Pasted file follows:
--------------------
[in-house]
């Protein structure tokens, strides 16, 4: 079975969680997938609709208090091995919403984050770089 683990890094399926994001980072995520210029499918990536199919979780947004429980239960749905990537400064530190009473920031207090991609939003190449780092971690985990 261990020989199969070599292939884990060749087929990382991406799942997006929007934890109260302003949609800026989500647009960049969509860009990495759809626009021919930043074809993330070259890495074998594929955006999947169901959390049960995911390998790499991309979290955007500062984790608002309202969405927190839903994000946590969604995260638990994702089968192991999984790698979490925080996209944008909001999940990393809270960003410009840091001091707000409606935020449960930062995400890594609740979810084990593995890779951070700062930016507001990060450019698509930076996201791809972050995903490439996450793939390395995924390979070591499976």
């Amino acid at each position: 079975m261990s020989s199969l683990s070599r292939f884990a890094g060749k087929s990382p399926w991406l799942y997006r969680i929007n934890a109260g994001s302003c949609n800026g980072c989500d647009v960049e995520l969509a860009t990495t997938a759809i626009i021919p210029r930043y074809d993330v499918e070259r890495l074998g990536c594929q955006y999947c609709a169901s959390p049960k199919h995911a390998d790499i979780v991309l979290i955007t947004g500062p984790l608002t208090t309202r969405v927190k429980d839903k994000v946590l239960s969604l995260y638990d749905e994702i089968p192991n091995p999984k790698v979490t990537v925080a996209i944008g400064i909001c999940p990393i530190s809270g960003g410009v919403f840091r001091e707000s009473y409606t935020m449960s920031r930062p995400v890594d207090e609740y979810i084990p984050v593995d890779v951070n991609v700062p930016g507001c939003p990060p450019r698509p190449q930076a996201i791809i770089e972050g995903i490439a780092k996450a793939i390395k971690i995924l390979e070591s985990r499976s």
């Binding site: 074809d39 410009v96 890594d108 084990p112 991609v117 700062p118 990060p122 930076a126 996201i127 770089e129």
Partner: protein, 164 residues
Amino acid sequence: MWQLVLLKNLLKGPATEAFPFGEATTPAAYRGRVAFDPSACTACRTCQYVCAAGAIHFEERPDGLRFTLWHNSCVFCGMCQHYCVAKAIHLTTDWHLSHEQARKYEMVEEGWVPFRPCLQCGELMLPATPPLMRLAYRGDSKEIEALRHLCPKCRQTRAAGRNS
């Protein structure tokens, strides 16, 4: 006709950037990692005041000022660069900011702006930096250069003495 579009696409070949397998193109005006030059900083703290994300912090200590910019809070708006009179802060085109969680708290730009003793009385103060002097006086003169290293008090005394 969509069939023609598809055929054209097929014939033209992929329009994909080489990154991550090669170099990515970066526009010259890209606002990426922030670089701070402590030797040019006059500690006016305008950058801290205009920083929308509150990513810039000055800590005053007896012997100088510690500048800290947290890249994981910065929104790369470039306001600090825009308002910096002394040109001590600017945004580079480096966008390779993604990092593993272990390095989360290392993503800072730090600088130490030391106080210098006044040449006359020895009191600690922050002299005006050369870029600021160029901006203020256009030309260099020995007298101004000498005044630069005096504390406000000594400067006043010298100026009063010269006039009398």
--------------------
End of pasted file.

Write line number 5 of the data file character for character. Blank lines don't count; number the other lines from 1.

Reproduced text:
Partner: protein, 164 residues